Michael Heller of Columbia Law School and author of The Gridlock Economy talks to EconTalk host Russ Roberts about the book and the idea that fragmented ownership is a barrier to innovation. Heller makes an analogy between the tragedy of the commons and what he calls the tragedy of the anticommons--the problem of bundling together numerous individual claims to a resource. Examples discussed include drug innovation when the innovator wants to use technologies of multiple patent holders, new music
Posner on the Financial Crisis
Richard Posner, federal judge and prolific author, discusses the financial crisis with EconTalk host Russ Roberts. Posner (despite the title of his recent book on the crisis, A Failure of Capitalism) places most of the blame for the crisis on the Federal Reserve, inattentive regulators and the subsidization of risk. He also criticizes economists for complacency in the face of impending disaster. A recent convert of sorts to Keynesianism, Posner confesses some disillusion with the implementation
Kling on Prosperity, Poverty, and Economics 2.0
Arnold Kling of EconLog and the author (with Nick Schulz) of From Poverty to Prosperity: Intangible Assets, Hidden Liabilities and the Lasting Triumph over Scarcity talks about the book with EconTalk host Russ Roberts. Kling discusses how modern economists think about growth in both developed and undeveloped countries and contrasts those ideas with earlier views in economics. The focus of the modern understanding is on ideas and the ability of ideas to improve technology, leading to prosperity.
Winston on Market Failure and Government Failure
Clifford Winston of the Brookings Institution talks about the ideas in his book, Market Failure vs. Government Failure, with EconTalk host Russ Roberts. Winston summarizes a large literature on antitrust, safety regulation and environmental regulation. He finds that government regulation often fails to meet its objectives. While markets are imperfect, so is government. Winston argues that idealized theories of government intervention based on textbook theories of market failure are not the way r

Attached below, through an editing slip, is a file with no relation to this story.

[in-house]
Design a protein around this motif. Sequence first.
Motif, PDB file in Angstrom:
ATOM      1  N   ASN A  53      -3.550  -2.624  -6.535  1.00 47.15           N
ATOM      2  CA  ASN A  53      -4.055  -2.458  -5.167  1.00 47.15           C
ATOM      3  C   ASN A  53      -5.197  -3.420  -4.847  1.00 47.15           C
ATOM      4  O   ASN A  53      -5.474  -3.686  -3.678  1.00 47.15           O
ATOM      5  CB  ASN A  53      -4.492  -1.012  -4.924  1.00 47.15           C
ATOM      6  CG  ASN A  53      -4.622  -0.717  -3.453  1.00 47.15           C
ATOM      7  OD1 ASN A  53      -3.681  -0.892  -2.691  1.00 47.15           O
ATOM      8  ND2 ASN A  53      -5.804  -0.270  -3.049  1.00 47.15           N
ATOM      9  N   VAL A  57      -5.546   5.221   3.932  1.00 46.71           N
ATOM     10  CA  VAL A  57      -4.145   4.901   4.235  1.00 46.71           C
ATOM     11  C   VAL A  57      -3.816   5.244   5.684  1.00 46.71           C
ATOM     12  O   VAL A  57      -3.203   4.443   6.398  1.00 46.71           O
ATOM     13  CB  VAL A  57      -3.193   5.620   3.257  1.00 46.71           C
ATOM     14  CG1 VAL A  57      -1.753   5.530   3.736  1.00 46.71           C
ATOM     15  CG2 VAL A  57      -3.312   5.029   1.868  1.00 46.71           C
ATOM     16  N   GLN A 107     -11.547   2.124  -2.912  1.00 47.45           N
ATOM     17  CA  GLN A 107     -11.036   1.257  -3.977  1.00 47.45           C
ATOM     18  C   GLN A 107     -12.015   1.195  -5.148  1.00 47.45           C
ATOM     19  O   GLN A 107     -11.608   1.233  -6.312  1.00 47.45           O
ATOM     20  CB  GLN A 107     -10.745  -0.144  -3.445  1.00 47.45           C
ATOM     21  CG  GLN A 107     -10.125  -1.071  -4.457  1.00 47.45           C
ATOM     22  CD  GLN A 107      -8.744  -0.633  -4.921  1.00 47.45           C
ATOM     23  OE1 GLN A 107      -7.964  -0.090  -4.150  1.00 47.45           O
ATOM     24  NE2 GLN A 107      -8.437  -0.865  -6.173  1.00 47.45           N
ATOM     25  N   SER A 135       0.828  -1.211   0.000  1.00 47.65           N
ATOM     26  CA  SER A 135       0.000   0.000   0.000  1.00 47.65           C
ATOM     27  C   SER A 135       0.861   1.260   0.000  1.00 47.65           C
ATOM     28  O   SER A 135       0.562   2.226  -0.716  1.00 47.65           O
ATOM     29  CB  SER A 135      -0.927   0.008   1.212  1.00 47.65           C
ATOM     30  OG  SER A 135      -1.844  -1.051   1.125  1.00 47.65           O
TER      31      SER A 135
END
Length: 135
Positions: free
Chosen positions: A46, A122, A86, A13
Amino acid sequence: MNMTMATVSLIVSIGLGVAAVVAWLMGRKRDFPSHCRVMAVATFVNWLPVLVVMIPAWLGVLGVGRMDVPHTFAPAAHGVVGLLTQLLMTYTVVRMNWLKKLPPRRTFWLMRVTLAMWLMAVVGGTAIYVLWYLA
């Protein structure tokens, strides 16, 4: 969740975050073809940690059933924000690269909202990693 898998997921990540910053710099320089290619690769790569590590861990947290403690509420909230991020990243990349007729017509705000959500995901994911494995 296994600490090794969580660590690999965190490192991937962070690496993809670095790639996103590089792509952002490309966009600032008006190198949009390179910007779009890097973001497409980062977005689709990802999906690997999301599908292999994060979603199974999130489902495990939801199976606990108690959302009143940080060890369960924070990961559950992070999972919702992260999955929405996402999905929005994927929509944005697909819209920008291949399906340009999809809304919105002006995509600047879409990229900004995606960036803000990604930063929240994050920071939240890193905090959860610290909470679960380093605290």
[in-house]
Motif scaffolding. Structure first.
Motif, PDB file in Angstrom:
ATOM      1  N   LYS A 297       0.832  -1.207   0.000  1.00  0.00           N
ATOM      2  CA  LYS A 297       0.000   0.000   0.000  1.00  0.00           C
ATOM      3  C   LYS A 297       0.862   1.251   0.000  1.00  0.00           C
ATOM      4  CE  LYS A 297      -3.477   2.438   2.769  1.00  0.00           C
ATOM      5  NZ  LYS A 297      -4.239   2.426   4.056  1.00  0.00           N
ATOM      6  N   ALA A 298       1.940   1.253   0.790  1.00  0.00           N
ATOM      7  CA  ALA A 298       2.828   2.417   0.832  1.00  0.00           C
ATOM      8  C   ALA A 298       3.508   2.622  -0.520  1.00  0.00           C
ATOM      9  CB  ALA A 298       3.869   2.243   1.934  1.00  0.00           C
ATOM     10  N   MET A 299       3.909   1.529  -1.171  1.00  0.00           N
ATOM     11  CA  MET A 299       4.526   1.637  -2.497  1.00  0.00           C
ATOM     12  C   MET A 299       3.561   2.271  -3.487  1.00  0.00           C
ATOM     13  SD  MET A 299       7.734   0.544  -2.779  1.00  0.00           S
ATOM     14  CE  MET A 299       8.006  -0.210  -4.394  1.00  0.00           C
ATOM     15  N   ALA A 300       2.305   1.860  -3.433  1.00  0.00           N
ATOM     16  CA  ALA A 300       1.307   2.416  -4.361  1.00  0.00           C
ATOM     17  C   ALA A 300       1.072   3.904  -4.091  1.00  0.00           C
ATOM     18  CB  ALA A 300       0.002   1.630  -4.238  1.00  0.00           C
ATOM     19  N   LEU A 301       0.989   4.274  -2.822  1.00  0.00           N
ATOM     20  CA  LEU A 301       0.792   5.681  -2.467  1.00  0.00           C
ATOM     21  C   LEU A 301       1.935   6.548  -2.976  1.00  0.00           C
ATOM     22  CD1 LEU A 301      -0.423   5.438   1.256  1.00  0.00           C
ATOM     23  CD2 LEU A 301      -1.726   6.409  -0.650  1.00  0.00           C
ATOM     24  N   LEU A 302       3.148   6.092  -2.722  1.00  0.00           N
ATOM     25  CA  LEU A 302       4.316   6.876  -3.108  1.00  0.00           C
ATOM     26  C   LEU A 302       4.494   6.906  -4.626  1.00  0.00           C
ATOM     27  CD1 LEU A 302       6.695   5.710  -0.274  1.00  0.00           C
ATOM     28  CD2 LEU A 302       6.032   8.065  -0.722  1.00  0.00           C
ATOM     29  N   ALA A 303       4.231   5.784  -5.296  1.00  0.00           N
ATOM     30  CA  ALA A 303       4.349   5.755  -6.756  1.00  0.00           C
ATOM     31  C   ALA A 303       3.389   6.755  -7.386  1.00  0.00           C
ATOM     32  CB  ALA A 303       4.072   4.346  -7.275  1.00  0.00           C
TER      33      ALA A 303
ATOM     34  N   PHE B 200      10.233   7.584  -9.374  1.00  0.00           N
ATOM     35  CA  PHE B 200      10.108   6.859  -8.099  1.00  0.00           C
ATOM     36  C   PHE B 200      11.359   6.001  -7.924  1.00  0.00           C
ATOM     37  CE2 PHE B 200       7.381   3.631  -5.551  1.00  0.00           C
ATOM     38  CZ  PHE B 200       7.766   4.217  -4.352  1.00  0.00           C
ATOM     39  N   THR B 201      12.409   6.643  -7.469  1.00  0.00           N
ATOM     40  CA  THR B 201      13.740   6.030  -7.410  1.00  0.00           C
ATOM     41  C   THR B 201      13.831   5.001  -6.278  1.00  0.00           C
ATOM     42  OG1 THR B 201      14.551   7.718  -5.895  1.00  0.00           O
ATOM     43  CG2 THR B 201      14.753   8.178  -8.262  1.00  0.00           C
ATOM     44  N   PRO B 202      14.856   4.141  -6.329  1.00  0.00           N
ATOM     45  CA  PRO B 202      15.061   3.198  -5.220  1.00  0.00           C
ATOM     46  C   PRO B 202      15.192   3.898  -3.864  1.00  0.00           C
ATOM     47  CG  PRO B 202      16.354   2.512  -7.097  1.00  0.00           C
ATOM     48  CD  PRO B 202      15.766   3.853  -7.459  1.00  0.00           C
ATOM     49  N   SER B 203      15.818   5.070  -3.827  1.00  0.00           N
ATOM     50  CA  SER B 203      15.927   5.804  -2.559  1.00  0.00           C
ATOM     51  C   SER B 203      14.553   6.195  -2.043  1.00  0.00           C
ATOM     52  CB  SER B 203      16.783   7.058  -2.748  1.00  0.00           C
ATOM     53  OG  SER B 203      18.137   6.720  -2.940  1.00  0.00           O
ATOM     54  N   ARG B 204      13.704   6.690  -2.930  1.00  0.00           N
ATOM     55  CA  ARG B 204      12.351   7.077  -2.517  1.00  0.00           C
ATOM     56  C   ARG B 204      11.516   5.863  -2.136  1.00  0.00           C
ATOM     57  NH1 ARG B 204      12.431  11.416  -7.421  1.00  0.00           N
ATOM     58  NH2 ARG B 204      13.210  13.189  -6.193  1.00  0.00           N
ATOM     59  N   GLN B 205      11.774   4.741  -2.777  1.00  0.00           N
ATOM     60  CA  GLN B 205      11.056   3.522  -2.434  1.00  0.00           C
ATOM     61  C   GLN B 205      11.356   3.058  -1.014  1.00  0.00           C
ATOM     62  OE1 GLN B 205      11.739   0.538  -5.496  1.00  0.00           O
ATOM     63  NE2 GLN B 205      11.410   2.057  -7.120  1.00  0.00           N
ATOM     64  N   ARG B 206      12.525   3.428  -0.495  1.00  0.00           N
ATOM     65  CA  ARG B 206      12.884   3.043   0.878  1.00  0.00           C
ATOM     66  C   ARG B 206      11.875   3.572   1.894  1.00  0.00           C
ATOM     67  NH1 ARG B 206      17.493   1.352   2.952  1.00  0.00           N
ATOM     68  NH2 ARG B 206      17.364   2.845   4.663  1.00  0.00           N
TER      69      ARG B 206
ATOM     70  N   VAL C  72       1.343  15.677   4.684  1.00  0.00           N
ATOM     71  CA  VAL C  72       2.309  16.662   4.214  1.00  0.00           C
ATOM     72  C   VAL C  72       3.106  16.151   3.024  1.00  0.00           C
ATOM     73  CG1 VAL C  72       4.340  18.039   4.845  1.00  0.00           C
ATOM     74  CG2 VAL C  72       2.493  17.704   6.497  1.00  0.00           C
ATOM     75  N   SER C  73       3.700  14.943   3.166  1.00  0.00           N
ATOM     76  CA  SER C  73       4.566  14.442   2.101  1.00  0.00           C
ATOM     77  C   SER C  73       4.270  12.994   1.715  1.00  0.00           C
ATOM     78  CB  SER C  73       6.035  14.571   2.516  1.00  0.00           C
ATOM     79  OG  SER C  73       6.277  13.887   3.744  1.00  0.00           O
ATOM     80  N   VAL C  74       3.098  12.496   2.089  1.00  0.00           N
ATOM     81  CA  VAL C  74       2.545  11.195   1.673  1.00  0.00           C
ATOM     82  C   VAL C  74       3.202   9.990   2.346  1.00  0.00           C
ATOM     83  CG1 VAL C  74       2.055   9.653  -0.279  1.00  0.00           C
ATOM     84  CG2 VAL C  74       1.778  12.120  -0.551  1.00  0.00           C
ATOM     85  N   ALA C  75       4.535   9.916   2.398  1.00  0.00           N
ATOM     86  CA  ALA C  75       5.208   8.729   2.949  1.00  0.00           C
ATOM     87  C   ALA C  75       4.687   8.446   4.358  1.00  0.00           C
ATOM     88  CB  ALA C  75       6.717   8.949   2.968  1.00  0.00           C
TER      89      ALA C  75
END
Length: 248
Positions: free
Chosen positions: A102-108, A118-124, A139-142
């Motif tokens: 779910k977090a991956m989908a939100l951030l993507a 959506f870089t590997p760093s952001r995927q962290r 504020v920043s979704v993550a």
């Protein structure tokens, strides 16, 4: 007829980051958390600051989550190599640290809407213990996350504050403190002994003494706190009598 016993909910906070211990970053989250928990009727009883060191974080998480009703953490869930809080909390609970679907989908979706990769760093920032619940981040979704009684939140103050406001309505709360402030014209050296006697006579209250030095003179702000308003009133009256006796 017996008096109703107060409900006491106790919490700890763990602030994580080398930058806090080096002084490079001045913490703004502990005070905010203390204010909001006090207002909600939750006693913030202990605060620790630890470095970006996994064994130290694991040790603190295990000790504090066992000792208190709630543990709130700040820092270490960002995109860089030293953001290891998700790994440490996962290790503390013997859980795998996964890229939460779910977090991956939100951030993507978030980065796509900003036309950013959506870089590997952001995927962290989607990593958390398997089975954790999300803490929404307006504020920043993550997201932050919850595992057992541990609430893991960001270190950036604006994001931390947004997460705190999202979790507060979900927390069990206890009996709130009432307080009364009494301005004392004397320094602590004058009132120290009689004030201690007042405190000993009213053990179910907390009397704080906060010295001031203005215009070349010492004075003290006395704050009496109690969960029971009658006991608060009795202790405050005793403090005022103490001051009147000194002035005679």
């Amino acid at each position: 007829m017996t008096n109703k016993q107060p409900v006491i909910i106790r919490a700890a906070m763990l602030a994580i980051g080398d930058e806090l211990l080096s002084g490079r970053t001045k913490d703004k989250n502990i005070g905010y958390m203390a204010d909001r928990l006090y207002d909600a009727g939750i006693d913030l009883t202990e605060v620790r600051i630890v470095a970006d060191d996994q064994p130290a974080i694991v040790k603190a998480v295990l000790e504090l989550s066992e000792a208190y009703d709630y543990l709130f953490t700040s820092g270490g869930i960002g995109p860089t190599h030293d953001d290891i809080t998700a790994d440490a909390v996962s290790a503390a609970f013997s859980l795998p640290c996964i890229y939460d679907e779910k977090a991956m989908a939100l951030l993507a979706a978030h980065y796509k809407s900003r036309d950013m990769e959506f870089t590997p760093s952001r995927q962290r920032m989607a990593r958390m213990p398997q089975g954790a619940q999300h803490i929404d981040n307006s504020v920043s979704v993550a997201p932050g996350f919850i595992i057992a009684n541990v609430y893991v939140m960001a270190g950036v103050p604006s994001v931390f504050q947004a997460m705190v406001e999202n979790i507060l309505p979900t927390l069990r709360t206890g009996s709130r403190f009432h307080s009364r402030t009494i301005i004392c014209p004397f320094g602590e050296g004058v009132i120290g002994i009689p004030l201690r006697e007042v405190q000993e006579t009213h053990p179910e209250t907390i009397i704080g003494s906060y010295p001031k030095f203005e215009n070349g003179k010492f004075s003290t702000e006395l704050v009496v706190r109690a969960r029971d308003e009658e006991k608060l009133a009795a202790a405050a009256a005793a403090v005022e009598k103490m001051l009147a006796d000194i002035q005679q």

Histology, cardiac x4, (direct/above view)
Histology, cardiac x4, (direct/above view). Rat dissection stills taken from FARID (Functional Anatomy of the Rat [Interactive Dissection]). This resource was authored by Megan Quentin-Baxter and David Dewhurst, with Graham Irving and Stephen Mera at Leeds Metropolitan University.
HST.131 Introduction to Neuroscience (MIT)
The course will span modern neuroscience from molecular neurobiology to perception and cognition, including the following major topics: anatomy and development of the brain; cell biology of neurons and glia; ion channels and electrical signaling; synaptic transmission, integration, and chemical systems of the brain; sensory systems, from transduction to perception; motor systems; and higher brain functions dealing with memory, language, and affective disorders.
Otis MFA Writing Guest Lecture: Brooks Hansen
Graduate Programs present novelist Brooks Hansen, who will read from his most recent book, JOHN THE BAPTIZER. Hansen is a novelist, screenwriter, essayist, and illustrator best known for his 1995 book The Chess Garden. Last year marked the release of his first memoir, THE BROTHERHOOD OF JOSEPH. His novels -- THE MONSTERS OF ST. HELENA, PERLMAN'S ORDEAL, THE CHESS GARDEN, and BOONE (co-authored with Nick Davis) were all New York Times Notable Books. THE CHESS GARDEN was also selected as a PW Best
Wealth on the Shelf
When a single book cost half a year's wages, tomes were rare treasures. Bruce Plumley describes the bookbinding trade.Author(s):
Journeyman cook Jim Gay explains that Americans' love of chocolate dates back to the beginning.Author(s):
Comic book history
Comic book author Bentley Boyd uses a vivid medium to snare new students of American history.Author(s):
Bruton Parish Churchyard
Individuals of all classes rest in the peace of the Bruton Parish graveyard. Church guide Anne Conkling describes one of America's oldest cemeteries.